Goodwood boss issues message to Glorious week crowds

Goodwood’s returning thousands have been told: You make Glorious the special occasion it is.

Thursday, 29th July 2021, 11:00 am
Goodwood bosses said it was emotional to see crowds packing into the racecourse again / Picture: Alan Crowhurst, Getty

The racecourse has welcomed crowds back to its showpiece festival this year after the event was run behind closed doors in 2020.

And Goodwood bosses admitted it was emotional seeing racegoers back at the Qatar-sponsored week after a festival last year that some felt was ‘soulless’ because of the lack of people.

Around 12,000 were at Tuesday’s opening day of Glorious and numbers will grow as the week goes on – with Saturday on course for a 25,000 sell-out.

The week started on a disappointing note as four-time Goodwood Cup winner Stradivarius was withdrawn from this year’s race because of soft ground caused by unexpected overnight rain.

But Tuesday’s big race, won by Hollie Doyle on Trueshan, was still one to remember.

Yesterday’s highlight was the £1m Qatar Sussex Stakes, the biggest race of the week, won in thrilling style by 7/2 shot Alcohol Free, ridden by Oisin Murphy for trainer Andrew Balding and owner Jeff Smith, who held off the favourite Poetic Flare.

It was a fantastic race, as the Sussex Stakes almost always is, and now racegoers are expecting more great battles on the track over the final three days.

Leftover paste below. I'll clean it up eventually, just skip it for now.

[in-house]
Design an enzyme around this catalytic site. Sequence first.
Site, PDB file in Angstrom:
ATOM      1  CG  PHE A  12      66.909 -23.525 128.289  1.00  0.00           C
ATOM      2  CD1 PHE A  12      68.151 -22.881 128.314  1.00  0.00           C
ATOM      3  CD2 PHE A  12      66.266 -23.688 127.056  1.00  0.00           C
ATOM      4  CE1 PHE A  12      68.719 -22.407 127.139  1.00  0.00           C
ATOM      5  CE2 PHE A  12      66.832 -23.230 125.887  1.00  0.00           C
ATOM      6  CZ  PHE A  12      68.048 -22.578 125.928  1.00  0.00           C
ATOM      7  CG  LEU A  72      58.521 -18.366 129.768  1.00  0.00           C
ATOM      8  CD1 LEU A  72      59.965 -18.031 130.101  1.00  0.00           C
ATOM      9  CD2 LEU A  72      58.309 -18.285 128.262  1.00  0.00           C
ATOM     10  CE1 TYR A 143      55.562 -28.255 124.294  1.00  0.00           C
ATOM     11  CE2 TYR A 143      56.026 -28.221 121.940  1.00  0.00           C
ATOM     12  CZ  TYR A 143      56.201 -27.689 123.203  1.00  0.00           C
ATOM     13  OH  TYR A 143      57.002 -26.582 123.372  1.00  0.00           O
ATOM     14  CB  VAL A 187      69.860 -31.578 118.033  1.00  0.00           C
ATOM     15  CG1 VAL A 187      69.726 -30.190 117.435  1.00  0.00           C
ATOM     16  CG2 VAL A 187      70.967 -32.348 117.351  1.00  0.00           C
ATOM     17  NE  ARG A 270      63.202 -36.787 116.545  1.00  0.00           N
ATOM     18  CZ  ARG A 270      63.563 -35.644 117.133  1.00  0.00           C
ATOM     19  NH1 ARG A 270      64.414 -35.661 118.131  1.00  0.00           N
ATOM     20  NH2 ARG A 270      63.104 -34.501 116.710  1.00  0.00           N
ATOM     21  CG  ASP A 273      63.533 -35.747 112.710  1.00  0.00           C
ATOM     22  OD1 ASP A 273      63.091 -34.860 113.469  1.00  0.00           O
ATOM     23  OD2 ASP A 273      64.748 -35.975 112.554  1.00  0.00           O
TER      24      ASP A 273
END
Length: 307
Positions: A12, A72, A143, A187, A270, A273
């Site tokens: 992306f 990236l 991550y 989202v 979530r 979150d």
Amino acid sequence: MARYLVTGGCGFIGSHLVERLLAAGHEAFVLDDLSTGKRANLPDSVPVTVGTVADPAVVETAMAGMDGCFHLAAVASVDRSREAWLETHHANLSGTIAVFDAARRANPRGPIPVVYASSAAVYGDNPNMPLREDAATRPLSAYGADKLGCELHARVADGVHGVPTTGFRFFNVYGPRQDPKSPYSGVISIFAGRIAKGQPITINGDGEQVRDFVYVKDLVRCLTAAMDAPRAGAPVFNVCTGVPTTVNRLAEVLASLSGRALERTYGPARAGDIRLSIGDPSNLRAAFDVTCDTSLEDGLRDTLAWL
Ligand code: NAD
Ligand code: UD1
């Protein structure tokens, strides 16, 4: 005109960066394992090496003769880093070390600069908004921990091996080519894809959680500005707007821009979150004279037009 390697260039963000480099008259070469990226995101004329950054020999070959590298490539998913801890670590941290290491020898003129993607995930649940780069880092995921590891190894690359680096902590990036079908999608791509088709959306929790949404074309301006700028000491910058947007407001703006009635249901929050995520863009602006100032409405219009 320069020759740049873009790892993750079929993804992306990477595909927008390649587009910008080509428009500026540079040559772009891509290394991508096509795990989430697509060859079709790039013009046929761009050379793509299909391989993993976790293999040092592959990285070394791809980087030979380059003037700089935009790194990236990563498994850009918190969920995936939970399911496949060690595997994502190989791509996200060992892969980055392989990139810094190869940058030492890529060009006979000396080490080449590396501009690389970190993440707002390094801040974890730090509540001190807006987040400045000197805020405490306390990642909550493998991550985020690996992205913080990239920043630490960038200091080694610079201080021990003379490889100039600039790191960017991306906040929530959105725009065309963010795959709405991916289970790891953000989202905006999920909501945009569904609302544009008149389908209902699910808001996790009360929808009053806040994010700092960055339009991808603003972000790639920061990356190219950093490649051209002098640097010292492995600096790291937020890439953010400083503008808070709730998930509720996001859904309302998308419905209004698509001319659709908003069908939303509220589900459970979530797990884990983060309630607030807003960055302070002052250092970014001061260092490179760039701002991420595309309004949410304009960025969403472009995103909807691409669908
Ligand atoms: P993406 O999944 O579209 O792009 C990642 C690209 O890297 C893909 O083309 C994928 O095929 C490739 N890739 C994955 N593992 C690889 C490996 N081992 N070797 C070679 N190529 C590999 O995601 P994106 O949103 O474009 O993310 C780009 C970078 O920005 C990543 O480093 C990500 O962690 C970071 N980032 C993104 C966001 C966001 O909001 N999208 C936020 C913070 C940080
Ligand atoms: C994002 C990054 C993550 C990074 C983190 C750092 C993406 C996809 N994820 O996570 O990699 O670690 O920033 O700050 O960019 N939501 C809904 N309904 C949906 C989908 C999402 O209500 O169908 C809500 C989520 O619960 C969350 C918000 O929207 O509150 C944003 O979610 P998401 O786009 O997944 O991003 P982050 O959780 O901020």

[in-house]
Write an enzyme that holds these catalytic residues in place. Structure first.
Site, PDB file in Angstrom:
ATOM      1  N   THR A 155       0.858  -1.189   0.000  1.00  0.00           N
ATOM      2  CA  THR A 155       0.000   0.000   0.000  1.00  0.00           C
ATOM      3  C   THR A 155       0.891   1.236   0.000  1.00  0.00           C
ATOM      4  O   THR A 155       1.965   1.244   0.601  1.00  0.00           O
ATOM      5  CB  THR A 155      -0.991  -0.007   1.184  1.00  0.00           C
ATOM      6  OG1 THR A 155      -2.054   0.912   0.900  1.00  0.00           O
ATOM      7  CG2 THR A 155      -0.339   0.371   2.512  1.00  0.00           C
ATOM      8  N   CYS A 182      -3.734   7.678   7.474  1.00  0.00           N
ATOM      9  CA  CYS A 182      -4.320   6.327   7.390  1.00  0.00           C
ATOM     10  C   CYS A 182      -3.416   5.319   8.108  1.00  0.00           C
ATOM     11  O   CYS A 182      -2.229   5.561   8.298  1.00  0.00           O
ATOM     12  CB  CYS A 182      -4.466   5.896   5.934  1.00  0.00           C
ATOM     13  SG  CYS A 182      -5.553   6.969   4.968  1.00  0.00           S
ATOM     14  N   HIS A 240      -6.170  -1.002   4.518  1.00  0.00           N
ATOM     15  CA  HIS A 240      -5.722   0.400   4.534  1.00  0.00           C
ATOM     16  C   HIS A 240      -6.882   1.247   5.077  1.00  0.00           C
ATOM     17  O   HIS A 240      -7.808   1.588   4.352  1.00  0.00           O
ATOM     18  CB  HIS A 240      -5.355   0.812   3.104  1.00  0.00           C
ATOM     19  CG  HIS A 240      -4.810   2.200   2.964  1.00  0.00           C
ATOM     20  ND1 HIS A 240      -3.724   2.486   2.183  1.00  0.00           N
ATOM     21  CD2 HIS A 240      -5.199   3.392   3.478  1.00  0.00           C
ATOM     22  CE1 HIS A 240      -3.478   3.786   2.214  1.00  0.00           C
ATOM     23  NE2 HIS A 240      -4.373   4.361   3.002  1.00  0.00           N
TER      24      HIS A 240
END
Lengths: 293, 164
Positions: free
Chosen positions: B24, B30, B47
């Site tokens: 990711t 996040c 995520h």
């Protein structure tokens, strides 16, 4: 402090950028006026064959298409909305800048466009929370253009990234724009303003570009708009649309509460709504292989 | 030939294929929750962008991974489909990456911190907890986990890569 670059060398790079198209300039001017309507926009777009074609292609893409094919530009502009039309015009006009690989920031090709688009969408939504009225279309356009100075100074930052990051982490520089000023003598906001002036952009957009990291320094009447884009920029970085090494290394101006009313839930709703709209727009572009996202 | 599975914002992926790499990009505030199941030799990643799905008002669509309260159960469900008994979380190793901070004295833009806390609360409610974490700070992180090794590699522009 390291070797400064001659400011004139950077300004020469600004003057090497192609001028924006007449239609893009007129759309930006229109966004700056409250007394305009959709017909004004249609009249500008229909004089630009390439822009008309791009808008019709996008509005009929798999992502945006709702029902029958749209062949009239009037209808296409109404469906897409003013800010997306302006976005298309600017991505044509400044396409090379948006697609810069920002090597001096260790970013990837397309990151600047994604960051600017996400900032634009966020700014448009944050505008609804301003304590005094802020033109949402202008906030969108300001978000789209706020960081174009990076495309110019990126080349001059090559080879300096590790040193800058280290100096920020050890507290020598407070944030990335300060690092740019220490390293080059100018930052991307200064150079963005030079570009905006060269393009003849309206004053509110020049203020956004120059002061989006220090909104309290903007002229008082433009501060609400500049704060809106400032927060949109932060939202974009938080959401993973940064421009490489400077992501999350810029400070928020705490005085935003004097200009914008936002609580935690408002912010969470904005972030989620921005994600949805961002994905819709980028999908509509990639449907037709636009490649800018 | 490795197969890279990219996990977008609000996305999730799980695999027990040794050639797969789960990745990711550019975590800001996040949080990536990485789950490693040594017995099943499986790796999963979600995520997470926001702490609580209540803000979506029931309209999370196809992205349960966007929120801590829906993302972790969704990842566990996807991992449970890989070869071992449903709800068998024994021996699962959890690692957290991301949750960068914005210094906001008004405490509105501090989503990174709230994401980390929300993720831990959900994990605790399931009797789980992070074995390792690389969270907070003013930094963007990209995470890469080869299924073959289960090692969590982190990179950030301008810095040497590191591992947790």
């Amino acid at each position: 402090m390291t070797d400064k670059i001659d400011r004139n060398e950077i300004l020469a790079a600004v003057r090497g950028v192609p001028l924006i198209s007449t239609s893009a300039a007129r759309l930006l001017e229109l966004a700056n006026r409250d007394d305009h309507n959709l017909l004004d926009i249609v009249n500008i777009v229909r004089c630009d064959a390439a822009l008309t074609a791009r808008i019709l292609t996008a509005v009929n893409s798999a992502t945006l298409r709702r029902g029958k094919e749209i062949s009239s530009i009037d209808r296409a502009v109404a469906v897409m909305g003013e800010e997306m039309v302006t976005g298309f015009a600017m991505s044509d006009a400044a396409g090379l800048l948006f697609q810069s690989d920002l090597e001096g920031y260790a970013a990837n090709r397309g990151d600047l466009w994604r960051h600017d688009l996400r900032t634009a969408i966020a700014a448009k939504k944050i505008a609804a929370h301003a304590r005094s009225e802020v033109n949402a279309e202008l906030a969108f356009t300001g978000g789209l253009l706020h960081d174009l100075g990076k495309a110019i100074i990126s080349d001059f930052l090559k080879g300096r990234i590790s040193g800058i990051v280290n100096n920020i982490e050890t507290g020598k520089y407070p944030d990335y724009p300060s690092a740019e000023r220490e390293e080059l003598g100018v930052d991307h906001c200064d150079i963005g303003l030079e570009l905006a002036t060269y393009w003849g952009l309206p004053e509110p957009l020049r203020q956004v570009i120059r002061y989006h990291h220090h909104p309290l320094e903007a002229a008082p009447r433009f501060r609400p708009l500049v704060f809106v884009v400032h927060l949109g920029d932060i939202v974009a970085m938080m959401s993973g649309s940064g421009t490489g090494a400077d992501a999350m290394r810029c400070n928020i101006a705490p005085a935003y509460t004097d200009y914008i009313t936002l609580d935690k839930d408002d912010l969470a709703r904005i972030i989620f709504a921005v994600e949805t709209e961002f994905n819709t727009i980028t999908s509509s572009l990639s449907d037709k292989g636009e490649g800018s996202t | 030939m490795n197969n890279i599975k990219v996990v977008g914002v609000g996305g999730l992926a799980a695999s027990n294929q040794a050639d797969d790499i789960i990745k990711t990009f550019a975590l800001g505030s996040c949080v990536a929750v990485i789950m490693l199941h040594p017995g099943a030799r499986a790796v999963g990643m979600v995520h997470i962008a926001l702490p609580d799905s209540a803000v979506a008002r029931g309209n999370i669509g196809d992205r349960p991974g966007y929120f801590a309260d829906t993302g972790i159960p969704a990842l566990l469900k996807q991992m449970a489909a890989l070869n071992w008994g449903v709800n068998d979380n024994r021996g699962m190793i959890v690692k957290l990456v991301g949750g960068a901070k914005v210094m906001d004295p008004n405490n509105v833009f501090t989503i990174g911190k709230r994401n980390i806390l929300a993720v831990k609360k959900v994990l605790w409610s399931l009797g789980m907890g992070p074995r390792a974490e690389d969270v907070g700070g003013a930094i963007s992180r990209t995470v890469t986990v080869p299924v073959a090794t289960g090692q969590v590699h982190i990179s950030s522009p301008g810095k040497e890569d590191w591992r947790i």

Adam Waterworth, managing director of sport, had said in the run-up to this year’s festival the crowds were what made Glorious the event it was – and now the week is well under way, he is more certain of that than ever.

“Seeing the crowds come through the gates after they had to stay shut last year was quite emotional,” he told the Observer.

“Having racegoers there made it a great day. The weather was quite kind, even though we’d had rain overnight, and the atmosphere was special. Sussex Stakes day was wonderful, too, and it has felt like the festival should feel – and after last year it was much-needed. I think as the week goes on, many people will realise what they missed during the pandemic and it will end up being a real week to remember.”

Waterworth admitted the loss of Stradivarius from Tuesday’s Goodwood Cup line-up was a blow but one they had to accept.

And he said Trueshan’s win in the race – a first Group 1 victory for trainer Alan King and another memorable moment for fast-improving jockey Doyle – meant it was a memorable race anyway.

“We knew John Gosden (Stradivarius trainer) was going to have a look at the course after the first race and with the ground as it was, there was nothing we could do. you have to put the horse’s needs firsts,” Waterworth said.

“But it still turned into a race with a great story. Hollie’s rise to fame has been fabulous to watch and we’re delighted to be part of it at Goodwood.

“Now we hope there’ll be more feelgood stories like it over the rest of the week.” Today brings the week’s third Group 1 race, the Nassau Stakes, plus the Magnolia Cup, a ladies’ charity race which has raised more than £2m for charities over a decade.

Tomorrow’s highlight will be Battaash’s bid for a record fifth straight win in the King George Stakes, while Saturday’s feature is the 28-runner Stewards’ Cup. Both are previewed on pages 78 and 79.

Waterworth said: “The rest of the week looks like it will bring top-class racing alongside everything else Glorious Goodwood is about.

“The weather looks generally fine, perhaps with a few showers around, and tickets continue to sell well.”

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